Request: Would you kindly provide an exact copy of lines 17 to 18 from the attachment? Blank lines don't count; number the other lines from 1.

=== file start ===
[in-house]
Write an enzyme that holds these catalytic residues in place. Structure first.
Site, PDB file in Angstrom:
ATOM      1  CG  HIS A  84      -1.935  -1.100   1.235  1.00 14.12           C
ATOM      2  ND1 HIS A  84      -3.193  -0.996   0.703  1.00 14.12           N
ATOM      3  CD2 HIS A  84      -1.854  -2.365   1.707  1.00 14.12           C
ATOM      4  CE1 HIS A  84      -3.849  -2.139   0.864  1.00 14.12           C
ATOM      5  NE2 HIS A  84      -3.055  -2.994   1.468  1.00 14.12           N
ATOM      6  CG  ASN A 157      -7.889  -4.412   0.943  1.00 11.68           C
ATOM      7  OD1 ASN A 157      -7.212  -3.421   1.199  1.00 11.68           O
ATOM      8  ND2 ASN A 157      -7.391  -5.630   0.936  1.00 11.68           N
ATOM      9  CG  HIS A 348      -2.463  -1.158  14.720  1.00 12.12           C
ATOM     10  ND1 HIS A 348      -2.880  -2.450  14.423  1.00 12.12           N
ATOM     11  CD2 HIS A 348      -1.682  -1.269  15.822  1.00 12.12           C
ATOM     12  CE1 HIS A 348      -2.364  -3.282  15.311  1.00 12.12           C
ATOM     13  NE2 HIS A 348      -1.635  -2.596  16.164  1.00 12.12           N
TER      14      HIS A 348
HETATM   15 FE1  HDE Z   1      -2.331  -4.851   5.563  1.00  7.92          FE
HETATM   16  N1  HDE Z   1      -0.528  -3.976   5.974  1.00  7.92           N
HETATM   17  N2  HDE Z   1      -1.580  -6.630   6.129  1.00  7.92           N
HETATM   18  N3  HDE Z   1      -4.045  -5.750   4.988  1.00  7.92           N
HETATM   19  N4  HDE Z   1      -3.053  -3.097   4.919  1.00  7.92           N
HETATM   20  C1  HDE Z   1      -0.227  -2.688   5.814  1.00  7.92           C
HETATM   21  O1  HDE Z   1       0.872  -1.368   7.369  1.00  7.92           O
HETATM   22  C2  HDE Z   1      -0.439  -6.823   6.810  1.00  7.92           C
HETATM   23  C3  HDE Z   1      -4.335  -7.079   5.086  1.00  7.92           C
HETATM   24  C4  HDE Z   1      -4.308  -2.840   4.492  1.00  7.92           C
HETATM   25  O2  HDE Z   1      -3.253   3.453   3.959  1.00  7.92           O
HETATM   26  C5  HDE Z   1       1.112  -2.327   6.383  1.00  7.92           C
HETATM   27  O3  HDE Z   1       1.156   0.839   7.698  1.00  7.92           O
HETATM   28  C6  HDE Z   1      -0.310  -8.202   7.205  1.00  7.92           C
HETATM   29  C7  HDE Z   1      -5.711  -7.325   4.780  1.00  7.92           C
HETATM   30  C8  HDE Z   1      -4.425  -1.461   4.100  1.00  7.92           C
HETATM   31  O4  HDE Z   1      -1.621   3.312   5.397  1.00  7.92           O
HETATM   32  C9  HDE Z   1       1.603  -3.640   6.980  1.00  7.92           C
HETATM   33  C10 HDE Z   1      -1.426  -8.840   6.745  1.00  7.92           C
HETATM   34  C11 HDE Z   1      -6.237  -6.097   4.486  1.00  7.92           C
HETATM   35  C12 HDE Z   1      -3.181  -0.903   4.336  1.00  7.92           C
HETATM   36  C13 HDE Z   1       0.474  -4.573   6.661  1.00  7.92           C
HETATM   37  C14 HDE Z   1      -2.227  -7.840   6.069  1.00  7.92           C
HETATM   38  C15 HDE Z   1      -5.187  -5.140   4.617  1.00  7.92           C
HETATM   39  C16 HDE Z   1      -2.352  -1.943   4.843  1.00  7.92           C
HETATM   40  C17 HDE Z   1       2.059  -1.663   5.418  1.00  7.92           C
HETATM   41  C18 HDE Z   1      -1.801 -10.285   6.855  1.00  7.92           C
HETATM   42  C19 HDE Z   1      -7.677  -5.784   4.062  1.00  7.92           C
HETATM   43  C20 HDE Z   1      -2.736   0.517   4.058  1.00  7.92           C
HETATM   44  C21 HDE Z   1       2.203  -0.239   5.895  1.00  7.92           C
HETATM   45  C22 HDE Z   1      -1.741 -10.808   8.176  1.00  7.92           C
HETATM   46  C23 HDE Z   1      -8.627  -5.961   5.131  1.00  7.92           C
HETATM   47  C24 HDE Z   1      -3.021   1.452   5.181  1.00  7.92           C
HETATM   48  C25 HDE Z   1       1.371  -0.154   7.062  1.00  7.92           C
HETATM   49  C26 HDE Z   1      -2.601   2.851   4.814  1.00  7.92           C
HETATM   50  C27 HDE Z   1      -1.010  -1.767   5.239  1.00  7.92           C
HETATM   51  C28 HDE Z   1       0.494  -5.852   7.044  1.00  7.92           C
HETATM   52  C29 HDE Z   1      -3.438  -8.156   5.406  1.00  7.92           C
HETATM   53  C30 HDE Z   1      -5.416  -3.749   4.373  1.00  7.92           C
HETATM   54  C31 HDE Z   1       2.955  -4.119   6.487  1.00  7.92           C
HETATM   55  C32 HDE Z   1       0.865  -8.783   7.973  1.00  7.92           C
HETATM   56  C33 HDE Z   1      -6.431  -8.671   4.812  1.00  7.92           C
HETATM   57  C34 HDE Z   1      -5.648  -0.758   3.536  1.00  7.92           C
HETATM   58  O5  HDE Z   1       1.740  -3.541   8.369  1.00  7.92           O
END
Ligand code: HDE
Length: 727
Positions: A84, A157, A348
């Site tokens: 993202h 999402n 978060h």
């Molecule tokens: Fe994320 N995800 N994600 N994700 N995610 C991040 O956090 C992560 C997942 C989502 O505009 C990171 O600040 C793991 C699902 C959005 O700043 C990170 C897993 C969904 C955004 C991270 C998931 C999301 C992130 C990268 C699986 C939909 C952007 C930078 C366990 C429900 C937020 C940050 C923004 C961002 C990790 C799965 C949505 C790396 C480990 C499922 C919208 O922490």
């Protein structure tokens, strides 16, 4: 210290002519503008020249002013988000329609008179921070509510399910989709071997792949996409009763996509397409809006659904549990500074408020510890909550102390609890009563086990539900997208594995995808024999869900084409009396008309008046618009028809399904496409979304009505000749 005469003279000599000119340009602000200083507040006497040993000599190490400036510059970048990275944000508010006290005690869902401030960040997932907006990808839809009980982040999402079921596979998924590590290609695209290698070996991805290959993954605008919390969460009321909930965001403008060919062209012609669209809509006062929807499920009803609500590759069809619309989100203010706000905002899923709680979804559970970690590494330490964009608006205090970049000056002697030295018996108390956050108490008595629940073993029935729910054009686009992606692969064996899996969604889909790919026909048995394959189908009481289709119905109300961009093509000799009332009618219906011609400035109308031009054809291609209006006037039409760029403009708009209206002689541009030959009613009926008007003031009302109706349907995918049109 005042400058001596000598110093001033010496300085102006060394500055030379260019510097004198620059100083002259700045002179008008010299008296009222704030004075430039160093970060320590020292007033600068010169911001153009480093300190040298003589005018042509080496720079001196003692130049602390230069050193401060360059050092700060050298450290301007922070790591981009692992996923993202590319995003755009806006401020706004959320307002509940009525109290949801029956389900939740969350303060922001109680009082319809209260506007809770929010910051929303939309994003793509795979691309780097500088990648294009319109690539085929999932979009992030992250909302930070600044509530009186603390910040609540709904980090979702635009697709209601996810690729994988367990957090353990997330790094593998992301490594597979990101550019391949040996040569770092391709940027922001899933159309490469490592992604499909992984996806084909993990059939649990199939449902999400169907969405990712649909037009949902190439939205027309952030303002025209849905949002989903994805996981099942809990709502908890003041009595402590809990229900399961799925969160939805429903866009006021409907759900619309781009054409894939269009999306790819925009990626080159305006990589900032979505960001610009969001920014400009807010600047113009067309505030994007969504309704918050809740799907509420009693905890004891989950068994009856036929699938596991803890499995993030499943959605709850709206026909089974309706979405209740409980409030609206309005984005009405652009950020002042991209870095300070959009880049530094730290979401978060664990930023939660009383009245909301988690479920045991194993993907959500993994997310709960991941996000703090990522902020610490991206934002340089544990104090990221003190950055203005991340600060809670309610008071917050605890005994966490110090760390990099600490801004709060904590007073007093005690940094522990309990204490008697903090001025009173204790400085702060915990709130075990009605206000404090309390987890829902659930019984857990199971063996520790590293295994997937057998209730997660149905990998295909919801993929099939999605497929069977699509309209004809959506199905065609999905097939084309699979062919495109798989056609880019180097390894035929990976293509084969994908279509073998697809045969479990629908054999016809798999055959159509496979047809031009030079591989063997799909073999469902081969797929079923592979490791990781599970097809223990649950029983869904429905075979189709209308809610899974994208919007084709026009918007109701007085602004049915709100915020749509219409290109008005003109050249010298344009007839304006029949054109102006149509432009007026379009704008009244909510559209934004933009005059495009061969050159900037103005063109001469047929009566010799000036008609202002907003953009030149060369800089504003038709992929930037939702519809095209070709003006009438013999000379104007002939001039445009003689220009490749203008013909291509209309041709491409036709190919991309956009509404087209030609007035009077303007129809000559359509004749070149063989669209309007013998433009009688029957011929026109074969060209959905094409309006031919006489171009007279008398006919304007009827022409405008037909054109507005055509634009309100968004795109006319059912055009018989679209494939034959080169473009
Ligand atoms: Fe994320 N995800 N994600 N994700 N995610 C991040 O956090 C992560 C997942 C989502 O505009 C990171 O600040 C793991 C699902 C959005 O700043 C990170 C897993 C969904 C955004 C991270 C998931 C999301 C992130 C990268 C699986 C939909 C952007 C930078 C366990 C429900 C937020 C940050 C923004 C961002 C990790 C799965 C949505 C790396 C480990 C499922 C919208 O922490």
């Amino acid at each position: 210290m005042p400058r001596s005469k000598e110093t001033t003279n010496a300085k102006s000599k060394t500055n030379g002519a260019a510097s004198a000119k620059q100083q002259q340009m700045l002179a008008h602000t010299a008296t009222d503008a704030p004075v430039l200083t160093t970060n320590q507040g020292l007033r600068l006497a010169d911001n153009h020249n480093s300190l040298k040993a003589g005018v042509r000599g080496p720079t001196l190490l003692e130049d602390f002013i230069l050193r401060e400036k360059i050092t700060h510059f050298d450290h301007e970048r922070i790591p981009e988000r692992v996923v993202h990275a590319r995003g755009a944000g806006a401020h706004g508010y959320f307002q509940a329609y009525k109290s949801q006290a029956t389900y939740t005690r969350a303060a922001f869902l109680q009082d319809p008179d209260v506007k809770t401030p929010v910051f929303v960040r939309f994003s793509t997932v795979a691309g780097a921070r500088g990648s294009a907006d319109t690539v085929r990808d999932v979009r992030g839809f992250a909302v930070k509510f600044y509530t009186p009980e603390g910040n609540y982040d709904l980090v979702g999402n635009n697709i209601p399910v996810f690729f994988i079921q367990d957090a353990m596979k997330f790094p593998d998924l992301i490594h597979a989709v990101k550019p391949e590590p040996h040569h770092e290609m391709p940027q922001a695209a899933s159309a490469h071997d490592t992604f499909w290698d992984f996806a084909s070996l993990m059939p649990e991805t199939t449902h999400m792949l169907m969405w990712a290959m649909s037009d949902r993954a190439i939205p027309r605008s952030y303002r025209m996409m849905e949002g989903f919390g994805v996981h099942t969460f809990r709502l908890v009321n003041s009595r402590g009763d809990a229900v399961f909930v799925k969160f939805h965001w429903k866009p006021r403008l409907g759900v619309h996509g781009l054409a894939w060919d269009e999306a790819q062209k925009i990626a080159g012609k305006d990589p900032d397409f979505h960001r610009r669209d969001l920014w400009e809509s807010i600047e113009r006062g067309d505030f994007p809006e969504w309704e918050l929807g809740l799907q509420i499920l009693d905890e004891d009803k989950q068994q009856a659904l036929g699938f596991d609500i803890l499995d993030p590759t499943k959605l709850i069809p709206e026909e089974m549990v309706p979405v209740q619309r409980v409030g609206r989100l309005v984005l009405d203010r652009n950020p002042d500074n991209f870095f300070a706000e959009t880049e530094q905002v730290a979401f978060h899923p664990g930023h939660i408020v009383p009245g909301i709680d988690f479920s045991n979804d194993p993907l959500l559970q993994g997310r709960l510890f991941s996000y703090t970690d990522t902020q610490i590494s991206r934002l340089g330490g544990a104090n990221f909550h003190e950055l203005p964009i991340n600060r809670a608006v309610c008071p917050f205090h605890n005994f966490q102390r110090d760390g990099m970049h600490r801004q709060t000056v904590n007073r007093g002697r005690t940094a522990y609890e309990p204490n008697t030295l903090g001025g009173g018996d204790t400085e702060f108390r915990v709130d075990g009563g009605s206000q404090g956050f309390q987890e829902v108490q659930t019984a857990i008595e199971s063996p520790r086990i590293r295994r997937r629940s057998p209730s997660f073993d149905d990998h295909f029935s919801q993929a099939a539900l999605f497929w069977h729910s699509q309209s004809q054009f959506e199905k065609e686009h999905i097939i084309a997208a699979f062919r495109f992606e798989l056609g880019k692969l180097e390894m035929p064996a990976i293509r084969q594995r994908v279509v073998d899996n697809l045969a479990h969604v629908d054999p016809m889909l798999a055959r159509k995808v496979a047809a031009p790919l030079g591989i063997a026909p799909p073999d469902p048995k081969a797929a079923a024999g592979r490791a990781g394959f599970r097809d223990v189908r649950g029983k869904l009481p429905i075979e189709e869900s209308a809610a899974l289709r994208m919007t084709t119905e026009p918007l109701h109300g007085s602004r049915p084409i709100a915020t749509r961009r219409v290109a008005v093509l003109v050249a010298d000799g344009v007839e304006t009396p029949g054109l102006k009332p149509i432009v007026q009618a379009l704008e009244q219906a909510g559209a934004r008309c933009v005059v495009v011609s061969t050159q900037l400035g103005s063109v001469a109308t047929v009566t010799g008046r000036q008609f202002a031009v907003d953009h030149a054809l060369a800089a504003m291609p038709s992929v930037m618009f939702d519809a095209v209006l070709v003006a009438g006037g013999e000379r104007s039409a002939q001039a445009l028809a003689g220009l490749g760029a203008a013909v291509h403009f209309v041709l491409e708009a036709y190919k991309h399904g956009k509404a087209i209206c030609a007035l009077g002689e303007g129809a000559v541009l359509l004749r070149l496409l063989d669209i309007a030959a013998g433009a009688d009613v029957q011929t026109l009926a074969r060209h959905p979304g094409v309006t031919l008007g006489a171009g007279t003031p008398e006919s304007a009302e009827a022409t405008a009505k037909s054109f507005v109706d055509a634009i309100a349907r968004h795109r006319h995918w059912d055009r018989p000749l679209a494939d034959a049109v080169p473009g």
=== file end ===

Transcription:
TER      14      HIS A 348
HETATM   15 FE1  HDE Z   1      -2.331  -4.851   5.563  1.00  7.92          FE